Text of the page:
In my work as a consultant for mission and capital planning I have become drearily familiar with the church version of a popular real estate show, “Love It or List It”.
- Some congregations hunker down in their cherished but decaying facilities, renting derelict empty space out to anyone who’ll take it in a pattern reminiscent of the tenement landlords in Charles Dickens’ England. The members keep gathering in smaller and smaller groups, disconnected from the community around them and fundraising to keep the lights on until the last one passes away;
- Other congregations take a quicker path to demise: having exhausted their energies on building upkeep, they throw in the towel and list their property for sale to whoever wants to buy it. The result is visible in many urban centres across the country: facilities for public worship and neighbourhood ministry sold off and converted into “unique private condominium lifestyles” suited only for people of means.
I have come to believe that neither of these two scenarios represent the best stewardship of the land and economic assets our forebears in the faith have passed on to us. Not only is the value of these assets degraded through the “Love It or List It” approach - we also sacrifice genuine opportunities to respond to the Gospel call within changed communities around us. The Good News is still needed, still life-giving in the places our church facilities are located, and by choosing to either hunker down or bail out we eliminate for ourselves the opportunity to live the Gospel in a new day.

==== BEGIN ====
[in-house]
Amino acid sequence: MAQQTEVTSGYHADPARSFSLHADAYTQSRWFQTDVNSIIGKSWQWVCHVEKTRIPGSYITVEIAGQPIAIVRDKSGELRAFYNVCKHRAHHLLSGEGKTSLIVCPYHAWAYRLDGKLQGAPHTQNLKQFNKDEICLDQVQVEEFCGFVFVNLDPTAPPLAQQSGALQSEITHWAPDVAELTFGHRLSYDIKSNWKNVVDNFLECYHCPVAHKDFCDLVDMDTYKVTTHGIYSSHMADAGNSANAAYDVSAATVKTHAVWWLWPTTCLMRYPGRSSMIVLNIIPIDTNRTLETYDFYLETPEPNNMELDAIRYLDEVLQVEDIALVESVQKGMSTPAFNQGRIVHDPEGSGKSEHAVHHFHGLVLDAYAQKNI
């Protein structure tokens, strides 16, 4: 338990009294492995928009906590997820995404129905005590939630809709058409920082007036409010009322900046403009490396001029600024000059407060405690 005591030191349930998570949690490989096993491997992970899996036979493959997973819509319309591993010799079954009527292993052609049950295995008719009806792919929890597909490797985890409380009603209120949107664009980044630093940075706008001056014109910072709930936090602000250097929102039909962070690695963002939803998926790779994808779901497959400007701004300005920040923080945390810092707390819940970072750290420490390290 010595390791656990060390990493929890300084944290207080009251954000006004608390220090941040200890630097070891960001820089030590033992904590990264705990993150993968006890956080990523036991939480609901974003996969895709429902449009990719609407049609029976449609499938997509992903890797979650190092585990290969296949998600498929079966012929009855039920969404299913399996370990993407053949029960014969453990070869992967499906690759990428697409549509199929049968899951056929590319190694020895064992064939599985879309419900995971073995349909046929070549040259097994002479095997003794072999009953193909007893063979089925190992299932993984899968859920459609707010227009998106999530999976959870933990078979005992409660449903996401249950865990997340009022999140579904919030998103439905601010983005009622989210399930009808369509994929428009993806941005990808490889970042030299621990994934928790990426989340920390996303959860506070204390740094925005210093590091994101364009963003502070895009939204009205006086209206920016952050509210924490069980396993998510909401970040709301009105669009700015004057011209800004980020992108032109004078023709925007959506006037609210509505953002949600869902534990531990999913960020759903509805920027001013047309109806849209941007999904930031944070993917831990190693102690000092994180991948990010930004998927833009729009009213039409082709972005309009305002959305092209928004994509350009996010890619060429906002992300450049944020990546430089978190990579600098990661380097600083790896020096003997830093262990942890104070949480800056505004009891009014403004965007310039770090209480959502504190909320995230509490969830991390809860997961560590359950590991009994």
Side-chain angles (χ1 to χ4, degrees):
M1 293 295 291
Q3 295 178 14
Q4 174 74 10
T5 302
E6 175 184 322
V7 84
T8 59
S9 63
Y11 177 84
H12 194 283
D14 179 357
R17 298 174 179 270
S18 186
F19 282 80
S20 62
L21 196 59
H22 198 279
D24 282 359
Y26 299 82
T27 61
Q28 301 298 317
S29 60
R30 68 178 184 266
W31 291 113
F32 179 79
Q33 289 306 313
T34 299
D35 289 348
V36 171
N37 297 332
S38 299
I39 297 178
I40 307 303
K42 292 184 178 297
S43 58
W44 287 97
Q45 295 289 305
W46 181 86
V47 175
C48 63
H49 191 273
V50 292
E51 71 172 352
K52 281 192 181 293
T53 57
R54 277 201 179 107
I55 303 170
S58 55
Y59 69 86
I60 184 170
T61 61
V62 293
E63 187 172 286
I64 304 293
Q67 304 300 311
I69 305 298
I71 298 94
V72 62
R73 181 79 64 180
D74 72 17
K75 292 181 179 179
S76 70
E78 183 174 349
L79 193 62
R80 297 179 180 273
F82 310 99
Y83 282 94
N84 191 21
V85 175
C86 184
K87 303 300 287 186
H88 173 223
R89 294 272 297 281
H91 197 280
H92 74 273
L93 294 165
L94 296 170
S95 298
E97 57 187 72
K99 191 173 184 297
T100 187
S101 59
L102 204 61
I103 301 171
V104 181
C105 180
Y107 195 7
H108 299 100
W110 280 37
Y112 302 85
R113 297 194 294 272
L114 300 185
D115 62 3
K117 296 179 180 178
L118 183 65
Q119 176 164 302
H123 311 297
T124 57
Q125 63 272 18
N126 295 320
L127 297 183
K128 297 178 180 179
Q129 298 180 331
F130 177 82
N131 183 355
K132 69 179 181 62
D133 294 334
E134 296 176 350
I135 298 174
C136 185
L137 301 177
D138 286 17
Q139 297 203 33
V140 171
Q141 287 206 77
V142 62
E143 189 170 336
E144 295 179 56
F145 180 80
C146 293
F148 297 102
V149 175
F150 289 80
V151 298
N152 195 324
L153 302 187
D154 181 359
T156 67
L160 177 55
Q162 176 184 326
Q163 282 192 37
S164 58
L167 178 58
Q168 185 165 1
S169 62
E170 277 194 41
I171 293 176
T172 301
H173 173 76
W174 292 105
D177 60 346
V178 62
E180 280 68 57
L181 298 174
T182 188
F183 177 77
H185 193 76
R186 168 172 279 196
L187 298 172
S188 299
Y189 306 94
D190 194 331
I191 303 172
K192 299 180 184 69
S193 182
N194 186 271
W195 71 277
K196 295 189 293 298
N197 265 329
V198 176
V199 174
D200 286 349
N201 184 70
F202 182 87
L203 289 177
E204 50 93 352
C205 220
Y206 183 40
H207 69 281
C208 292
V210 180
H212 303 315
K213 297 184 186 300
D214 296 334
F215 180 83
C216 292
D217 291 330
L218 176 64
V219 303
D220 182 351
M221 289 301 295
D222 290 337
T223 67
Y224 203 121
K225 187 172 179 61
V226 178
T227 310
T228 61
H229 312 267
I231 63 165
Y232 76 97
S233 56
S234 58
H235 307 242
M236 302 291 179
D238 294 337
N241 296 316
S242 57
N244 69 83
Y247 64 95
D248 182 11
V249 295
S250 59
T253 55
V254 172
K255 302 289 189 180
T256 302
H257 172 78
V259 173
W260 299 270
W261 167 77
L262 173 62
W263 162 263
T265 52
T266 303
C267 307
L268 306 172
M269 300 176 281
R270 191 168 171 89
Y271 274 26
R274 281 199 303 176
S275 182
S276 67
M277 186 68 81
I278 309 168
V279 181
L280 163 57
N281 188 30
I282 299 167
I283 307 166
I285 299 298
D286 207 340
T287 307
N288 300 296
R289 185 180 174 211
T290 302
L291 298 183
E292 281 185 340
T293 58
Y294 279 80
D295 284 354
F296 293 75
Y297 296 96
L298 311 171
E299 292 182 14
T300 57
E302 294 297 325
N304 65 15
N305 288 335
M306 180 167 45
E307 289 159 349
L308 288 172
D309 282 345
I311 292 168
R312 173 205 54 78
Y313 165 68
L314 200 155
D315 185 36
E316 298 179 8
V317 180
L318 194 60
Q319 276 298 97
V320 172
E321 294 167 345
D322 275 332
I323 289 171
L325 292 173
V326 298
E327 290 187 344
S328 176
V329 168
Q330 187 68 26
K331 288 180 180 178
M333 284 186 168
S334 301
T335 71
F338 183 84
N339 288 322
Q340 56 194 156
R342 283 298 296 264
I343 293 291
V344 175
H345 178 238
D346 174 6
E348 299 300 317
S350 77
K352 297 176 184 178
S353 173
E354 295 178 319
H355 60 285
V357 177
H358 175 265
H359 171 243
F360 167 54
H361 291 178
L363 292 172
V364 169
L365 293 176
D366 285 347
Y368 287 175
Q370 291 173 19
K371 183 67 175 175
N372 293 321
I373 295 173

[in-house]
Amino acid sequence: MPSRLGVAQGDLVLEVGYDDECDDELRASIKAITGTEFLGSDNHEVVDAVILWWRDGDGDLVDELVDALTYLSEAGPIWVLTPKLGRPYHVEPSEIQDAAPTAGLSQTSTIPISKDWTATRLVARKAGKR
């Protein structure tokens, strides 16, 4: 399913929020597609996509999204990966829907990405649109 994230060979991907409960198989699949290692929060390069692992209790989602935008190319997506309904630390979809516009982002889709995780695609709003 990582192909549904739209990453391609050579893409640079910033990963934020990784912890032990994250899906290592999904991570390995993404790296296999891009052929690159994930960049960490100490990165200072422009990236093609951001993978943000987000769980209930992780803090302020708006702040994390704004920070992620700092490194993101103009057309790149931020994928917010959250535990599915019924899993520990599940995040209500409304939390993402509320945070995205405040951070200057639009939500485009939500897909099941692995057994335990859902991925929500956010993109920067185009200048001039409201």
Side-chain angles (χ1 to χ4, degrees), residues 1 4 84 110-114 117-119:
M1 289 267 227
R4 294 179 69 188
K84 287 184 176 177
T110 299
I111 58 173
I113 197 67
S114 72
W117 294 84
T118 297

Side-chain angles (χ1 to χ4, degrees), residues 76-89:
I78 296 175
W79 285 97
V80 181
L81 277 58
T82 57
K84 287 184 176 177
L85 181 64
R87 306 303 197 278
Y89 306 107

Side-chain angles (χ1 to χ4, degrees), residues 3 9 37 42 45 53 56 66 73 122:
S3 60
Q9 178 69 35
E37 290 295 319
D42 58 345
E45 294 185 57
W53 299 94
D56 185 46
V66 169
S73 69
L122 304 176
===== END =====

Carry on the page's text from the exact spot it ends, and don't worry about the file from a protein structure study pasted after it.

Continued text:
Congregations and communities deserve a better approach than “Love It or List It”. That’s why I have developed the Three Circles model for evaluating and revitalizing congregational community mission.
Think back to your Middle School math class, and the Venn Diagram the teacher used to help explain the properties of numbers. Our Three Circles approach works a similar way: in the first circle, we consider the unique faith identity of your congregation, its values, its heritage, the special traditions that give meaning to congregational life. The second circle takes in the community context - an honest appraisal of the social agencies, businesses, community and municipal structures, and neighbourhood relationships around your church facility. And then, in the final circle of the three, we consider the facility and land assets themselves - what are the regulatory and economic factors that impact church property, and what possibilities exist for new missional purposes in your location?
At the intersection of the Three Circles, we can identify the point where your congregation’s character and legacy connect with the community around you, to allow new ways to deploy your assets faithfully and effectively.
My work with a number of congregations has shown me that a Three Circles approach can open up new directions for mission and ministry effectiveness that would never come to life if we’re simply thinking “Love It or List It”.